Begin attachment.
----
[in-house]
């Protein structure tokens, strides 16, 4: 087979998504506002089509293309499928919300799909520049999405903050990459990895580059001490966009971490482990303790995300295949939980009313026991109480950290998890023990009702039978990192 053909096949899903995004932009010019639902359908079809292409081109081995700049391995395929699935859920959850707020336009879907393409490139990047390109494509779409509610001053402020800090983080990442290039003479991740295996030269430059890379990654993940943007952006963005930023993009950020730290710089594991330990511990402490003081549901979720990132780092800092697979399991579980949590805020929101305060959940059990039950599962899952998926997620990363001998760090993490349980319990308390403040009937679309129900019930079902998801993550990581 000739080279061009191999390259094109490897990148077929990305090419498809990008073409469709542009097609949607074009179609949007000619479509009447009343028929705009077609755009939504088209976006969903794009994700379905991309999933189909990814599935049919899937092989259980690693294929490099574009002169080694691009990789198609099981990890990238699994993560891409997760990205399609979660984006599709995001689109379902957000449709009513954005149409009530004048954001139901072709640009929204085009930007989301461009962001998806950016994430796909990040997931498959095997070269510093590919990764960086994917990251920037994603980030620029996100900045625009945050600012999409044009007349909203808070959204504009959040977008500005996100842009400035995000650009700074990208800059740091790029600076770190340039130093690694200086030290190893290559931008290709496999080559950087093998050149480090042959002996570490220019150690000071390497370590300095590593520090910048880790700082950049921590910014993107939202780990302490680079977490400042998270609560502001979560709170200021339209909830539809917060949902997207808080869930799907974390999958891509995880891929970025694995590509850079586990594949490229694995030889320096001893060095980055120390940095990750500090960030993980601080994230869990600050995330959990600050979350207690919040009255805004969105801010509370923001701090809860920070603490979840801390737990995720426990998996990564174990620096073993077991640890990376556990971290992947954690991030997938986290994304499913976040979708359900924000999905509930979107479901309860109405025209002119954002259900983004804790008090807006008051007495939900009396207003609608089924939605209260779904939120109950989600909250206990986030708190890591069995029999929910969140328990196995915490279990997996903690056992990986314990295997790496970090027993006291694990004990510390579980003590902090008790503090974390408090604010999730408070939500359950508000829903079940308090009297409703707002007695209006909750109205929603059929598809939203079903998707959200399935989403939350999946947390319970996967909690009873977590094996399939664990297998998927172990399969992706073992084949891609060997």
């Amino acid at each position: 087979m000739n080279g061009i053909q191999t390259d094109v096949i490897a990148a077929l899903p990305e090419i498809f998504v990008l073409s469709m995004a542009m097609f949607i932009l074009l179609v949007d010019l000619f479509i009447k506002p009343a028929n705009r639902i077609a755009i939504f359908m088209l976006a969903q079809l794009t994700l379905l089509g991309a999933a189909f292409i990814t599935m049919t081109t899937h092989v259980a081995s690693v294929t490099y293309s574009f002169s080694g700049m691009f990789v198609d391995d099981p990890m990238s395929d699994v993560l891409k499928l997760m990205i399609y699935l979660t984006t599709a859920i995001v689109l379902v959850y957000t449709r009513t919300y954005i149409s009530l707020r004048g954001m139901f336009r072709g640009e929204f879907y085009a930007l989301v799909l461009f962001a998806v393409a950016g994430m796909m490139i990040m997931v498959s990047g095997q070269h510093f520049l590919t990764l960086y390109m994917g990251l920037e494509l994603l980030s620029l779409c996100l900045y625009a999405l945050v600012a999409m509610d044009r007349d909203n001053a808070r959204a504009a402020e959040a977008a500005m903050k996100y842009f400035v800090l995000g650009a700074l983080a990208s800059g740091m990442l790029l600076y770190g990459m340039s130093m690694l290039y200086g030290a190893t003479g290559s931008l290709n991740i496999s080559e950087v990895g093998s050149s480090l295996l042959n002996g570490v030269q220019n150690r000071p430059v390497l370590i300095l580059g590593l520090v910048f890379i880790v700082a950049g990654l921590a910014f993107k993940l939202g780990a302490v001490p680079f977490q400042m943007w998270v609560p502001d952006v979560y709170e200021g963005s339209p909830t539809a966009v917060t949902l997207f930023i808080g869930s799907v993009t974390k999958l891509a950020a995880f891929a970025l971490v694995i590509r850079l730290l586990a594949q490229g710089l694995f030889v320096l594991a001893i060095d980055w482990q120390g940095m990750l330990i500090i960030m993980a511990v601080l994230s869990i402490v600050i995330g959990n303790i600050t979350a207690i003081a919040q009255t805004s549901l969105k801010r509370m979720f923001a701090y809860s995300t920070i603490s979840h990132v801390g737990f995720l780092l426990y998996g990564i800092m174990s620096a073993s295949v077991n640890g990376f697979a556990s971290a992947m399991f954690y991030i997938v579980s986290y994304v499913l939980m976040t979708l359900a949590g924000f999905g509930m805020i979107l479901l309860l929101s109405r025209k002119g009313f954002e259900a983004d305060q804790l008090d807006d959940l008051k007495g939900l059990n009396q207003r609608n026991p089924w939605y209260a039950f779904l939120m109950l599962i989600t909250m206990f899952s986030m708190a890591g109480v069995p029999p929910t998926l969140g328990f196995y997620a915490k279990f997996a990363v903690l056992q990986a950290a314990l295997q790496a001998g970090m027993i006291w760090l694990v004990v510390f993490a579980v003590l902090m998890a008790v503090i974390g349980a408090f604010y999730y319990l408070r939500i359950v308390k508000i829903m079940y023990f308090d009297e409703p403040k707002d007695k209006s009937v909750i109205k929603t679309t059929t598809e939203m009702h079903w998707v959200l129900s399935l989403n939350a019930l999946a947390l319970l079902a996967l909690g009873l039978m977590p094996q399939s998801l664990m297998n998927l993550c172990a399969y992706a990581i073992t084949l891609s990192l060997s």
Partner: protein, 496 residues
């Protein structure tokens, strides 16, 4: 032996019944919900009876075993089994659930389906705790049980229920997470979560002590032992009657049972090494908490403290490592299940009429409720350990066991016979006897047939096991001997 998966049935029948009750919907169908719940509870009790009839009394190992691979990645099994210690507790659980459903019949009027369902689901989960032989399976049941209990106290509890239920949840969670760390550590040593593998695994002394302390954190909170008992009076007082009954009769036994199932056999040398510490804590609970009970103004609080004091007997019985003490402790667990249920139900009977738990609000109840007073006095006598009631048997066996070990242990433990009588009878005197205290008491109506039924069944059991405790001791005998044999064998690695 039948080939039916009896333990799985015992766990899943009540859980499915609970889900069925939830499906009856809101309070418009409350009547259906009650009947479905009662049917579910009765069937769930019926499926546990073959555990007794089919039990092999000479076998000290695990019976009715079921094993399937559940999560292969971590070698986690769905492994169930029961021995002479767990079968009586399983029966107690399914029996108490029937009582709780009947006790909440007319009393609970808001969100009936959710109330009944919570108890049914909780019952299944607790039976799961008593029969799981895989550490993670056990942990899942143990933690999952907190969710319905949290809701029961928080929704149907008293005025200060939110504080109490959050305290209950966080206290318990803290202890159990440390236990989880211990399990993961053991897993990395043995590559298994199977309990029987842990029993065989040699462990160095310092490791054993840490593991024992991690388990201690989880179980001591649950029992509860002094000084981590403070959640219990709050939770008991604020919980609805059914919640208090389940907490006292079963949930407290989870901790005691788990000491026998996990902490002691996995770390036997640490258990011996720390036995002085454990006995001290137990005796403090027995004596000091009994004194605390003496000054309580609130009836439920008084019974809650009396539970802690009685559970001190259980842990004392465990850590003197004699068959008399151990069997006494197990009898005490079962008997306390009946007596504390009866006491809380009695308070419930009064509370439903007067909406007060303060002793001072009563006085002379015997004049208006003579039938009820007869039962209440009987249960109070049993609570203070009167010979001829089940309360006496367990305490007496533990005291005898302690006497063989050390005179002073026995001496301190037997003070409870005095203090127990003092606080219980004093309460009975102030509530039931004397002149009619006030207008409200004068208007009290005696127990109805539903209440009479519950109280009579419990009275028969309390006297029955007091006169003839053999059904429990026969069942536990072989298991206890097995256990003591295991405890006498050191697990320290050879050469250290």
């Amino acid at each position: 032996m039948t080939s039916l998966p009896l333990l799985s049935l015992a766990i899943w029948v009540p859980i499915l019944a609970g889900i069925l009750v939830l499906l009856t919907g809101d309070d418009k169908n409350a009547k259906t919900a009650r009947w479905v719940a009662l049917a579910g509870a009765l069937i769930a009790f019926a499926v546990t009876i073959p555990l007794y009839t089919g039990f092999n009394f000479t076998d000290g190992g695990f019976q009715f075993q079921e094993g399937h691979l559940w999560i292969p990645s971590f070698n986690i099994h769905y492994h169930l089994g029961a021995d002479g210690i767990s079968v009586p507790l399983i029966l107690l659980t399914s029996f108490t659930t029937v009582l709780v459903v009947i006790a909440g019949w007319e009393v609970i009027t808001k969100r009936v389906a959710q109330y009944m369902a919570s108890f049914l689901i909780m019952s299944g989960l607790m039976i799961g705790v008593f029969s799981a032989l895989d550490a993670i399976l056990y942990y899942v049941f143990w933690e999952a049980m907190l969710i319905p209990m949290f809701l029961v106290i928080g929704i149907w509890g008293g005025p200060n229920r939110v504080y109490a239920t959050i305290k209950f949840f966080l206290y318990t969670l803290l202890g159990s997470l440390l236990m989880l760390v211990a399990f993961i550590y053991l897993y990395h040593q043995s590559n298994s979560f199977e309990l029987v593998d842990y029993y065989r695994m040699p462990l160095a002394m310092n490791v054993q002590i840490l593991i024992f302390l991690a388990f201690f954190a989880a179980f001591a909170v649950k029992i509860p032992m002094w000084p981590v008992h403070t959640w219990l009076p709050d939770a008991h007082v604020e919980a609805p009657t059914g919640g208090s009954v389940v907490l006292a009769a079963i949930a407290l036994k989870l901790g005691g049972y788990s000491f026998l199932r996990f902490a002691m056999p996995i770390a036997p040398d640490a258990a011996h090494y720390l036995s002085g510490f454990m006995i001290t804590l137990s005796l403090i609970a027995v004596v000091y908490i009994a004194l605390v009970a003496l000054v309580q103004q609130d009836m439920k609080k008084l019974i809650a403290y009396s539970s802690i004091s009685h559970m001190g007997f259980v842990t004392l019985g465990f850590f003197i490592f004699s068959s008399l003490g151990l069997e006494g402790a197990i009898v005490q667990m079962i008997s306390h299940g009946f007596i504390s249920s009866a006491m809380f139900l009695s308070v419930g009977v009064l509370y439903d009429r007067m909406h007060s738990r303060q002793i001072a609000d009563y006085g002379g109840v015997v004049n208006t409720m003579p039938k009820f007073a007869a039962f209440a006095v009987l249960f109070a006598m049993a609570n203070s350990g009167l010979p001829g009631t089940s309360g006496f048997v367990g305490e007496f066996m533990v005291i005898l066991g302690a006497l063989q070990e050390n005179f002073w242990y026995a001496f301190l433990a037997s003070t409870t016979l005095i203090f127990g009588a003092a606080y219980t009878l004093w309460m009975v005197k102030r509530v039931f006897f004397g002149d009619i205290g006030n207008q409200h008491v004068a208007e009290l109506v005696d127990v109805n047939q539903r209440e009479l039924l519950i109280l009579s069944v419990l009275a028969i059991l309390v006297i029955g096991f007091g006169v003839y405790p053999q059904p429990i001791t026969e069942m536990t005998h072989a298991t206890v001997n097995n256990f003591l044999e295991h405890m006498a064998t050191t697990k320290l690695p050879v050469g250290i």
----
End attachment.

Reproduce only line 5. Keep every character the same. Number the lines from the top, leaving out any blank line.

């Protein structure tokens, strides 16, 4: 032996019944919900009876075993089994659930389906705790049980229920997470979560002590032992009657049972090494908490403290490592299940009429409720350990066991016979006897047939096991001997 998966049935029948009750919907169908719940509870009790009839009394190992691979990645099994210690507790659980459903019949009027369902689901989960032989399976049941209990106290509890239920949840969670760390550590040593593998695994002394302390954190909170008992009076007082009954009769036994199932056999040398510490804590609970009970103004609080004091007997019985003490402790667990249920139900009977738990609000109840007073006095006598009631048997066996070990242990433990009588009878005197205290008491109506039924069944059991405790001791005998044999064998690695 039948080939039916009896333990799985015992766990899943009540859980499915609970889900069925939830499906009856809101309070418009409350009547259906009650009947479905009662049917579910009765069937769930019926499926546990073959555990007794089919039990092999000479076998000290695990019976009715079921094993399937559940999560292969971590070698986690769905492994169930029961021995002479767990079968009586399983029966107690399914029996108490029937009582709780009947006790909440007319009393609970808001969100009936959710109330009944919570108890049914909780019952299944607790039976799961008593029969799981895989550490993670056990942990899942143990933690999952907190969710319905949290809701029961928080929704149907008293005025200060939110504080109490959050305290209950966080206290318990803290202890159990440390236990989880211990399990993961053991897993990395043995590559298994199977309990029987842990029993065989040699462990160095310092490791054993840490593991024992991690388990201690989880179980001591649950029992509860002094000084981590403070959640219990709050939770008991604020919980609805059914919640208090389940907490006292079963949930407290989870901790005691788990000491026998996990902490002691996995770390036997640490258990011996720390036995002085454990006995001290137990005796403090027995004596000091009994004194605390003496000054309580609130009836439920008084019974809650009396539970802690009685559970001190259980842990004392465990850590003197004699068959008399151990069997006494197990009898005490079962008997306390009946007596504390009866006491809380009695308070419930009064509370439903007067909406007060303060002793001072009563006085002379015997004049208006003579039938009820007869039962209440009987249960109070049993609570203070009167010979001829089940309360006496367990305490007496533990005291005898302690006497063989050390005179002073026995001496301190037997003070409870005095203090127990003092606080219980004093309460009975102030509530039931004397002149009619006030207008409200004068208007009290005696127990109805539903209440009479519950109280009579419990009275028969309390006297029955007091006169003839053999059904429990026969069942536990072989298991206890097995256990003591295991405890006498050191697990320290050879050469250290």